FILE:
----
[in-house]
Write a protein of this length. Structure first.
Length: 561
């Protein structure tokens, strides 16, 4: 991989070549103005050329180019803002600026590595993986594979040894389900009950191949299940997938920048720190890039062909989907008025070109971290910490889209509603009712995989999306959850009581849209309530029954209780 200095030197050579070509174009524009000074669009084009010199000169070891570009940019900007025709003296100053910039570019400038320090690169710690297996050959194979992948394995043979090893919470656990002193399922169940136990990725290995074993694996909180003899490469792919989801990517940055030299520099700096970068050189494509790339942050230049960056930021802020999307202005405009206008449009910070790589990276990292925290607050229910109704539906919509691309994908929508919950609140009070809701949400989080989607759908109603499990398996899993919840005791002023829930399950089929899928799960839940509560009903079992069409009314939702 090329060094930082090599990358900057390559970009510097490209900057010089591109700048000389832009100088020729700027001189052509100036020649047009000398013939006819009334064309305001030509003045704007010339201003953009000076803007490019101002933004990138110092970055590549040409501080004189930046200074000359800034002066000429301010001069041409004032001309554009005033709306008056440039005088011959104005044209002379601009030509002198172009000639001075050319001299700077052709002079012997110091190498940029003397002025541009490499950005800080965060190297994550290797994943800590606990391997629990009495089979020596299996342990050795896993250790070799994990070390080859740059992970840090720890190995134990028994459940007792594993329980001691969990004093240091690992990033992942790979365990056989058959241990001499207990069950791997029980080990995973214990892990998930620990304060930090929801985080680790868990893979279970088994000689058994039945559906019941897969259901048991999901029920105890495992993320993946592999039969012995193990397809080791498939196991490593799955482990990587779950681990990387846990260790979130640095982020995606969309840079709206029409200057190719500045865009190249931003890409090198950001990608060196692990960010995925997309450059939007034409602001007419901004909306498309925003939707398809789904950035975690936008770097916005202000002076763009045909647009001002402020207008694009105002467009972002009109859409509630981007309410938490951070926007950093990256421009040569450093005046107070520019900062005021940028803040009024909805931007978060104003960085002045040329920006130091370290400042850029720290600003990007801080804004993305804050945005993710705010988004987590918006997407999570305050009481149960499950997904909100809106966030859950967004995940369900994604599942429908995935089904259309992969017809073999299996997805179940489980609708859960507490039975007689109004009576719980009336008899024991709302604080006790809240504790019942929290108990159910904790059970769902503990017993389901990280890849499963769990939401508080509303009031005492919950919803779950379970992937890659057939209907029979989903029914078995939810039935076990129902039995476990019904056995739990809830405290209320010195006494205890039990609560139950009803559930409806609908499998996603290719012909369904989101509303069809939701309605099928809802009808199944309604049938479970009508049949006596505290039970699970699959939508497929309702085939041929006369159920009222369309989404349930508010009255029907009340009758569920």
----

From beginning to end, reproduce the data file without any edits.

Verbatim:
[in-house]
Write a protein of this length. Structure first.
Length: 561
């Protein structure tokens, strides 16, 4: 991989070549103005050329180019803002600026590595993986594979040894389900009950191949299940997938920048720190890039062909989907008025070109971290910490889209509603009712995989999306959850009581849209309530029954209780 200095030197050579070509174009524009000074669009084009010199000169070891570009940019900007025709003296100053910039570019400038320090690169710690297996050959194979992948394995043979090893919470656990002193399922169940136990990725290995074993694996909180003899490469792919989801990517940055030299520099700096970068050189494509790339942050230049960056930021802020999307202005405009206008449009910070790589990276990292925290607050229910109704539906919509691309994908929508919950609140009070809701949400989080989607759908109603499990398996899993919840005791002023829930399950089929899928799960839940509560009903079992069409009314939702 090329060094930082090599990358900057390559970009510097490209900057010089591109700048000389832009100088020729700027001189052509100036020649047009000398013939006819009334064309305001030509003045704007010339201003953009000076803007490019101002933004990138110092970055590549040409501080004189930046200074000359800034002066000429301010001069041409004032001309554009005033709306008056440039005088011959104005044209002379601009030509002198172009000639001075050319001299700077052709002079012997110091190498940029003397002025541009490499950005800080965060190297994550290797994943800590606990391997629990009495089979020596299996342990050795896993250790070799994990070390080859740059992970840090720890190995134990028994459940007792594993329980001691969990004093240091690992990033992942790979365990056989058959241990001499207990069950791997029980080990995973214990892990998930620990304060930090929801985080680790868990893979279970088994000689058994039945559906019941897969259901048991999901029920105890495992993320993946592999039969012995193990397809080791498939196991490593799955482990990587779950681990990387846990260790979130640095982020995606969309840079709206029409200057190719500045865009190249931003890409090198950001990608060196692990960010995925997309450059939007034409602001007419901004909306498309925003939707398809789904950035975690936008770097916005202000002076763009045909647009001002402020207008694009105002467009972002009109859409509630981007309410938490951070926007950093990256421009040569450093005046107070520019900062005021940028803040009024909805931007978060104003960085002045040329920006130091370290400042850029720290600003990007801080804004993305804050945005993710705010988004987590918006997407999570305050009481149960499950997904909100809106966030859950967004995940369900994604599942429908995935089904259309992969017809073999299996997805179940489980609708859960507490039975007689109004009576719980009336008899024991709302604080006790809240504790019942929290108990159910904790059970769902503990017993389901990280890849499963769990939401508080509303009031005492919950919803779950379970992937890659057939209907029979989903029914078995939810039935076990129902039995476990019904056995739990809830405290209320010195006494205890039990609560139950009803559930409806609908499998996603290719012909369904989101509303069809939701309605099928809802009808199944309604049938479970009508049949006596505290039970699970699959939508497929309702085939041929006369159920009222369309989404349930508010009255029907009340009758569920």